Under the supervision of Ken McReynolds, a Kim Foundation International Director, the Nakyessa Medical Clinic has been constructed by unskilled local labor using innovative state-of-the-art construction technology. In an area dominated by centuries of superstitious witchcraft, discouragement and normality, the project demonstrated to the children and the villagers a work ethic, tenacity, and perseverance. Concurrent to the project, several youth received invaluable training in a wide range of vocational skills as they participated in the construction process. Today, the Clinic is financially supported by a Canadian Church and managed by the Ugandan medical community, resulting in medical support for Nakyessa School children and over 10,000 villagers within the district. Support from the Kim Foundation International enabled furnishing of the Clinic and the construction of a water collection system. An in-ground 15,000 liter cistern is fed by water collected from the clinic roof. Ultra violet light, run by solar energy, purifies the water for immediate consumption at the Clinic.
Empowerment activities at the school have been numerous. Complimenting educational pursuits is the development of life skills. Provision of water led naturally to development of ’drip irrigation’ and the cultivation of more than six acres of arable land, all by the students. Learning to grow pineapples, vegetables, maize corn and fruit trees has become part of the activities within the school. The gift of two motor-tillers has enabled the secondary students to till soil not only on the school property but also for widows in the village. The lesson of giving, not just taking, has become a major theme. The gift of eleven sewing machines has extended this concept of giving as students sewed clothing for most needy children in the Village of Nakyessa.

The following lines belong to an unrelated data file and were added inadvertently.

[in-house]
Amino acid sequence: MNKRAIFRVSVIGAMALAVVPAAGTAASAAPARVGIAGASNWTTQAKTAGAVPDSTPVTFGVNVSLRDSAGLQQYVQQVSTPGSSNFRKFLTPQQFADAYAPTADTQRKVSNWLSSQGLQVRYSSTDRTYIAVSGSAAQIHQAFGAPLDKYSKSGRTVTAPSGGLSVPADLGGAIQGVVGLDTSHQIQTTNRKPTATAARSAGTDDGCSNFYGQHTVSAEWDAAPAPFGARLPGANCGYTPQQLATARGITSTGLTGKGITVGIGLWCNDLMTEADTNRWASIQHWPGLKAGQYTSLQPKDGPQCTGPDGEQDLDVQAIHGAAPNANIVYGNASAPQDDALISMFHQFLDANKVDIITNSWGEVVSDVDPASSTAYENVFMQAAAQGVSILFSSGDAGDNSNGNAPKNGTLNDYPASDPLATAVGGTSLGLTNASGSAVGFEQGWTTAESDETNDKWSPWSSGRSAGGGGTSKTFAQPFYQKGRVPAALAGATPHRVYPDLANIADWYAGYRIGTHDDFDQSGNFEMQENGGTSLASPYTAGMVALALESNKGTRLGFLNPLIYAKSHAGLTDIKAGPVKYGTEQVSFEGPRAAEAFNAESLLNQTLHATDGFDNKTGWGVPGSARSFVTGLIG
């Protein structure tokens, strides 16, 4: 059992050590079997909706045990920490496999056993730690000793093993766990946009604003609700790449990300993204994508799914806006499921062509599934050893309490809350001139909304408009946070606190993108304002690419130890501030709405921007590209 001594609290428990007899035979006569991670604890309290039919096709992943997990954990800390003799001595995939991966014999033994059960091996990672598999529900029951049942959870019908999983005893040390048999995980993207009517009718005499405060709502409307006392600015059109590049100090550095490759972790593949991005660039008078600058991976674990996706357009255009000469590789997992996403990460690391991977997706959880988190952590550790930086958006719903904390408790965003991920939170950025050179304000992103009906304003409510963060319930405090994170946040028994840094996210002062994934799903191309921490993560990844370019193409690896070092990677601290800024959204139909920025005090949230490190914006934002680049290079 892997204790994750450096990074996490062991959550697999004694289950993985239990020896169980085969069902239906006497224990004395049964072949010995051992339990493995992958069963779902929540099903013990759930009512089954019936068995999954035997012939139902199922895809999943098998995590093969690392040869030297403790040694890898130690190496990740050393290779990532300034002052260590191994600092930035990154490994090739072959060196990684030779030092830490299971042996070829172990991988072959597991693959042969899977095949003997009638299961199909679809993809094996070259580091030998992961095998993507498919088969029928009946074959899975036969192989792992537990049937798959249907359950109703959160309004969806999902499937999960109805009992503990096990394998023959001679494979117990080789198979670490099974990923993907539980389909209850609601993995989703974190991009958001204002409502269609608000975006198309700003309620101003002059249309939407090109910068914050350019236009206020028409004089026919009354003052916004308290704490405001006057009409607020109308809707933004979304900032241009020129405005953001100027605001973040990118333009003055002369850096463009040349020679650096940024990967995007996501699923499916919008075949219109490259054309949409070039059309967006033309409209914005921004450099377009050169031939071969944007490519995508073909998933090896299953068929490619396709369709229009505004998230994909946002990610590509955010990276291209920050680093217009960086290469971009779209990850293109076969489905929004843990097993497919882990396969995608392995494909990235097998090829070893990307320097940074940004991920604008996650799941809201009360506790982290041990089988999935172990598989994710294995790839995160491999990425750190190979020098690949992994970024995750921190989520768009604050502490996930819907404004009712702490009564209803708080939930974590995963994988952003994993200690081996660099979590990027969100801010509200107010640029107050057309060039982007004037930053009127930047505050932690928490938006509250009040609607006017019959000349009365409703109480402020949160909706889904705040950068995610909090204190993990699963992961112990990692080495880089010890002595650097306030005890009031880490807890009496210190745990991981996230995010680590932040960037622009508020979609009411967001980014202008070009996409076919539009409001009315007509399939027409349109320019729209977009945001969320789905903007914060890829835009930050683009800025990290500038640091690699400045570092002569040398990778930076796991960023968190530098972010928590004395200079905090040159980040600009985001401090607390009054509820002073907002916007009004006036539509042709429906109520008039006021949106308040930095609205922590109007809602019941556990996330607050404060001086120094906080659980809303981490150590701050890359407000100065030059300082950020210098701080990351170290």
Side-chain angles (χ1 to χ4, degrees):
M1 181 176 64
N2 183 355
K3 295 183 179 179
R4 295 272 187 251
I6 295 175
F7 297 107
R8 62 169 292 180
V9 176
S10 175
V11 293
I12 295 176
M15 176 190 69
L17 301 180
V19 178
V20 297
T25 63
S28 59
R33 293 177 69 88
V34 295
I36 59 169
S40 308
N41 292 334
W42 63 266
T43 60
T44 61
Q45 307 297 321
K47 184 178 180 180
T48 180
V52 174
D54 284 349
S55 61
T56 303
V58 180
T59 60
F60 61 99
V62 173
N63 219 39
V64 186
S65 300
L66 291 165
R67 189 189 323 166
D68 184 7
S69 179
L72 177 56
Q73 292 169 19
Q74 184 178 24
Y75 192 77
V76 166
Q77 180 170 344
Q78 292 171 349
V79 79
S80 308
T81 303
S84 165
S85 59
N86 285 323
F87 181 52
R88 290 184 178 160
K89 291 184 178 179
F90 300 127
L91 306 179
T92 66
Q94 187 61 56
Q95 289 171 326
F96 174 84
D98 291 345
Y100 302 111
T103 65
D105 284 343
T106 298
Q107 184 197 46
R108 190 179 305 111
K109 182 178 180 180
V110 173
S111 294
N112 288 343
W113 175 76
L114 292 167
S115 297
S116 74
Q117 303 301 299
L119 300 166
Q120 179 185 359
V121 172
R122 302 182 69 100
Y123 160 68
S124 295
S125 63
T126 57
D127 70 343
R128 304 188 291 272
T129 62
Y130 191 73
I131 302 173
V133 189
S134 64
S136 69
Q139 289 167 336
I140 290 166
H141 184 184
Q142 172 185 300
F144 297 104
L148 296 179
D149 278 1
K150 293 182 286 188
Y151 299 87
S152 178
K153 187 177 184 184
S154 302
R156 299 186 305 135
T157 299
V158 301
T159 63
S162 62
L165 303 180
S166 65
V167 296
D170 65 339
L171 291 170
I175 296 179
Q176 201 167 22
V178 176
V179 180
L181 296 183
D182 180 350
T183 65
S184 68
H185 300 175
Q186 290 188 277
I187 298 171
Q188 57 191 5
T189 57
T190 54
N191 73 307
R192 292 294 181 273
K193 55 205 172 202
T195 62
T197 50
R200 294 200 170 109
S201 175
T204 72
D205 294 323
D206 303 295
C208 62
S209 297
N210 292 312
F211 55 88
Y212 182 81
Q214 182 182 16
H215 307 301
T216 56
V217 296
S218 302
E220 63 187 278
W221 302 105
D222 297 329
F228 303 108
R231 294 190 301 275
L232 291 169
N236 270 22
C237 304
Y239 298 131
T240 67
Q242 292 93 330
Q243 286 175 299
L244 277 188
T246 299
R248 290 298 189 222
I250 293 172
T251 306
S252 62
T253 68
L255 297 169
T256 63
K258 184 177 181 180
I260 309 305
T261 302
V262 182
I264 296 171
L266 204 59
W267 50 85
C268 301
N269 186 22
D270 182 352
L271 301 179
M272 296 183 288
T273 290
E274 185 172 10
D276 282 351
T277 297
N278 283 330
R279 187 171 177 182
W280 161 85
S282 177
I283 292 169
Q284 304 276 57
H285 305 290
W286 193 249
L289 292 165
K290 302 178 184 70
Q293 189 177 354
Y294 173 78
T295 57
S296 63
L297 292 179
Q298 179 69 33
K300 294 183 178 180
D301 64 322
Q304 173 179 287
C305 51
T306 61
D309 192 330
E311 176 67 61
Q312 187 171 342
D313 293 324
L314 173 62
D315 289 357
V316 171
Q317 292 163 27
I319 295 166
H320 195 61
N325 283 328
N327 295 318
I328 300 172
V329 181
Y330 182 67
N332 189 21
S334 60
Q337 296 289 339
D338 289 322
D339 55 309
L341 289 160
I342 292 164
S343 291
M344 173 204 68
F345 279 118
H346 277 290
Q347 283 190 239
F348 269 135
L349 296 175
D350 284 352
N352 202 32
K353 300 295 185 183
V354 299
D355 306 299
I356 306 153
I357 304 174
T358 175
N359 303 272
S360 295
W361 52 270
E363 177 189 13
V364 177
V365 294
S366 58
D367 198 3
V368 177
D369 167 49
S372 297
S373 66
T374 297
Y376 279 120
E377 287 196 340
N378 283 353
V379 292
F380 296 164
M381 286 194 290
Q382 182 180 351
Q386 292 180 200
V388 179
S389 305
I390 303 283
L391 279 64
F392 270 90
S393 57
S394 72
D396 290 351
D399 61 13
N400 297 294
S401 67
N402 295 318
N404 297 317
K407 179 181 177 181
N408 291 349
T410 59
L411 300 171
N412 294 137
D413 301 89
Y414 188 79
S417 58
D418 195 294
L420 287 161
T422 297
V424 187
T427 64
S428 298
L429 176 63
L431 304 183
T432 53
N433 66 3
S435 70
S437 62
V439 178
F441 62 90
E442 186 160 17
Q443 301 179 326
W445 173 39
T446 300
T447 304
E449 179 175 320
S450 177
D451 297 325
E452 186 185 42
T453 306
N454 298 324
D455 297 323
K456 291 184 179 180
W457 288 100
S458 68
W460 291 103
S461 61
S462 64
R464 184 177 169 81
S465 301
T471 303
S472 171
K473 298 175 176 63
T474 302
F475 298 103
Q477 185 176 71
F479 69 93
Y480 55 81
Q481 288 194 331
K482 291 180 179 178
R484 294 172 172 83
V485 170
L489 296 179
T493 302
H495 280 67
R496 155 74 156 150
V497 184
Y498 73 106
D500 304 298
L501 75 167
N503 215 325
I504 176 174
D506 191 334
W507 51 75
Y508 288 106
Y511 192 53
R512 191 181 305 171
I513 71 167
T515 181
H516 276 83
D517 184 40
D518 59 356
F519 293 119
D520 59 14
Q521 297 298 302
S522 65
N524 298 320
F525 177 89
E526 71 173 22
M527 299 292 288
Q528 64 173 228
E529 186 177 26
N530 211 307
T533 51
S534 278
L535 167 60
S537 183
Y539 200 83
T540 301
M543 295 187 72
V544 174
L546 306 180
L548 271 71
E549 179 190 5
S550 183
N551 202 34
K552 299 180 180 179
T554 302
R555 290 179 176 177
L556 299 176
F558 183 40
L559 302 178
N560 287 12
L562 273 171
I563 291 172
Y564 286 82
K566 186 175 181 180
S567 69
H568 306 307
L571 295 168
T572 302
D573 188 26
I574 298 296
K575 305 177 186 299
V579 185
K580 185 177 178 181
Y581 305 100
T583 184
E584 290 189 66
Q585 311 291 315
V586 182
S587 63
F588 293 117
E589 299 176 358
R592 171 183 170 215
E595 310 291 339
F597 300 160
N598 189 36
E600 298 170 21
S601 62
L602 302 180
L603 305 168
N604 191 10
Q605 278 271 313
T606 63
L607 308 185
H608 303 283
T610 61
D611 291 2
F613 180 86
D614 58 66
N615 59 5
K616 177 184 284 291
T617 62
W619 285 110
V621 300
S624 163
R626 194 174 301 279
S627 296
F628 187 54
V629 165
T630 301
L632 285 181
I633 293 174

Close to 90% of the students completing secondary level (grade ten) until now drop out of school due to the excessive costs of attending an ’A’ Level School in Kampala. Through another grant by the The Kim Foundation International, Nakyessa’s first A-Level Classroom Building (4 classrooms) will be ready for a waiting list of eighty students in February 2008. This academic focus will compliment a new 3-classroom A-Level Science building that has been given by HAGCM and partnering North American churches. Nakyessa will have A-Level education for the first time.
The Science Building, using an environmentally friendly system of compressed earth bricks formed by a brick-making machine, was constructed by a team of Ugandans working along side a team of Canadians and Americans. The same roof system applied on the Clinic was successfully duplicated, only this time by Ugandans (a great feat). Not only is technology being transferred, the resulting relationships has enabled deep mentoring.
The four-room A-Level Classroom building is in the final stages of completion. The design and construction of the roof will reflect the Science Building, resulting in another successful transfer of a technology not previous familiar to Uganda. Even more amazing is the use of local labor applying up-to-date technology. Both these projects are the result of Canadian professionals working along side young Ugandans as mentors over the two and a half years. The fruit of empowerment is slowly becoming a reality.